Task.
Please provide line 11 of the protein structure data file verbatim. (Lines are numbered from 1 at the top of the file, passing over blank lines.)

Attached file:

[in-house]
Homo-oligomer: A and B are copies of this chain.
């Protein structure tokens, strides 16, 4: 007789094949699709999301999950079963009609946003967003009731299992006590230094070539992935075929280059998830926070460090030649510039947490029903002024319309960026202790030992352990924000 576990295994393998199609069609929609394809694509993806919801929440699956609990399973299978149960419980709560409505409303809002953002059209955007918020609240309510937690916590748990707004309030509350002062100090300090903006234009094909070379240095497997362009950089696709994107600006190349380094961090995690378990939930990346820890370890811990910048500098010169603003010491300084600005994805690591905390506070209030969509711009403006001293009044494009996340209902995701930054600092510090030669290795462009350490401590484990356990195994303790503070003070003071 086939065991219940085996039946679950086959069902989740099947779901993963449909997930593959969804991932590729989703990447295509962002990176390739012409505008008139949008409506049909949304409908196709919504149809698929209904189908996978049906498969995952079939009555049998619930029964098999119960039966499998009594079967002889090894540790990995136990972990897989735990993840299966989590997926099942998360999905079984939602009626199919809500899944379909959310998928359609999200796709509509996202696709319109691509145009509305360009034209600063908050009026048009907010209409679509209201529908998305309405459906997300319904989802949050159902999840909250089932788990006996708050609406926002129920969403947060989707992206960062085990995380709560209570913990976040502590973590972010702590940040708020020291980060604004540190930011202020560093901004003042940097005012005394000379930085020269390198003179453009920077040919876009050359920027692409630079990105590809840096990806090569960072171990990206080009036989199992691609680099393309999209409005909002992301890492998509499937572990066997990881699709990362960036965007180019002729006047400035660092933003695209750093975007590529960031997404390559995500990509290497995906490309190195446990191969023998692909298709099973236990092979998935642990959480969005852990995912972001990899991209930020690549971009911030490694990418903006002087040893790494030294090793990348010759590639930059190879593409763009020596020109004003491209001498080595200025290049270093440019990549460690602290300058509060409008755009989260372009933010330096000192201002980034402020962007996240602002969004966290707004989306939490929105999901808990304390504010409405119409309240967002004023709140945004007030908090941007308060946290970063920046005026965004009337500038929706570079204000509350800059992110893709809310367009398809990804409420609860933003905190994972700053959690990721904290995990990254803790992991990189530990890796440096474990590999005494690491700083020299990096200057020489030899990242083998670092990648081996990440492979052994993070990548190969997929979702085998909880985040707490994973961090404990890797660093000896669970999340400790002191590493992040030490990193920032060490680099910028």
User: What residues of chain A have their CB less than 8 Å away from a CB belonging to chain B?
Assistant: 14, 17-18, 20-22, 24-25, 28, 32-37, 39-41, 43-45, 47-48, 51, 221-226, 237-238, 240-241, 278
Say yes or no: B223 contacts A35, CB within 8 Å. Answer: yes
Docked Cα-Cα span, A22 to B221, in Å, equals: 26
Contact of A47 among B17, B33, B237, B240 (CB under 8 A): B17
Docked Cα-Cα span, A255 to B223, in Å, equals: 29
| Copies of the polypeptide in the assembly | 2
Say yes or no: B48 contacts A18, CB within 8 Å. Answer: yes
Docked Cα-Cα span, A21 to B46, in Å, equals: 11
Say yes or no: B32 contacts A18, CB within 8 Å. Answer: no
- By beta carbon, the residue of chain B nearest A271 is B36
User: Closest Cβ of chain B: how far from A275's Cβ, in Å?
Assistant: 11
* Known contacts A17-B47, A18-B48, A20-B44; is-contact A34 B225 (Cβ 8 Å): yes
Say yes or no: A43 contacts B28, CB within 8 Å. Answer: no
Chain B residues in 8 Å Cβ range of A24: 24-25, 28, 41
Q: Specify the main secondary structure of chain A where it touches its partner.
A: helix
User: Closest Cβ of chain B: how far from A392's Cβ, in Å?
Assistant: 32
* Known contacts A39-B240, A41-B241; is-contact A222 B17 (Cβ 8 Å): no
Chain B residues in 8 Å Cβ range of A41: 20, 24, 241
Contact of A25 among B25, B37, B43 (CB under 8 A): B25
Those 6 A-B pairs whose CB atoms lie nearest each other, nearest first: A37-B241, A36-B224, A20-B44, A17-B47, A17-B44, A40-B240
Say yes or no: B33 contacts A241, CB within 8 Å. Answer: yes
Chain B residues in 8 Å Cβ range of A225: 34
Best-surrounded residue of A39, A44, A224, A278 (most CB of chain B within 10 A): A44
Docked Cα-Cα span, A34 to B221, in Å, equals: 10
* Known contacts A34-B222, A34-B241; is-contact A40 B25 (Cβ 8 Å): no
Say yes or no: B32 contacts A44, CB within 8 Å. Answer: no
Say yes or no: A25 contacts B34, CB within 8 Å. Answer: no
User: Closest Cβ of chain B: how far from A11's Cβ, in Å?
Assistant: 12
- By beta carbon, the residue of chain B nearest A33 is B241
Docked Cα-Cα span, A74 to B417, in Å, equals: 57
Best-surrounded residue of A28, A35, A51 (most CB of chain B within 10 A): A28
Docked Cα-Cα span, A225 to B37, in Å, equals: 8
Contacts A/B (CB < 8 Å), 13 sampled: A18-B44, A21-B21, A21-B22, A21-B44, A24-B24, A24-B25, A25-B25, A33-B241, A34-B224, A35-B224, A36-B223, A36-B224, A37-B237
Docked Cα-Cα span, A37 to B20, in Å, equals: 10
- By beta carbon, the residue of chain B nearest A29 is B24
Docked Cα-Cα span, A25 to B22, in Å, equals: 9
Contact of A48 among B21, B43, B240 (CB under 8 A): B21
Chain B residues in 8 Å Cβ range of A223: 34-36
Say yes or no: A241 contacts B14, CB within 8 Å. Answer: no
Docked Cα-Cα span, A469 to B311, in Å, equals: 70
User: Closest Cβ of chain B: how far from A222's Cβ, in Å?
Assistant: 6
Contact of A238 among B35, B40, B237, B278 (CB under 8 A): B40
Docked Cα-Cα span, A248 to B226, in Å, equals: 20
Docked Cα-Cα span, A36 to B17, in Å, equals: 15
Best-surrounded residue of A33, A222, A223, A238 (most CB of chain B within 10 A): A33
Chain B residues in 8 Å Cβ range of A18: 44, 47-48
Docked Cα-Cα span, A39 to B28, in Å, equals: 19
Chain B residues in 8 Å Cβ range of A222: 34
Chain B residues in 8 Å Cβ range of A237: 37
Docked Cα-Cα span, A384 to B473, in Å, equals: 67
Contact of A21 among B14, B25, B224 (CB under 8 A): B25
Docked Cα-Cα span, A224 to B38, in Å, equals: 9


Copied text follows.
Say yes or no: B48 contacts A18, CB within 8 Å. Answer: yes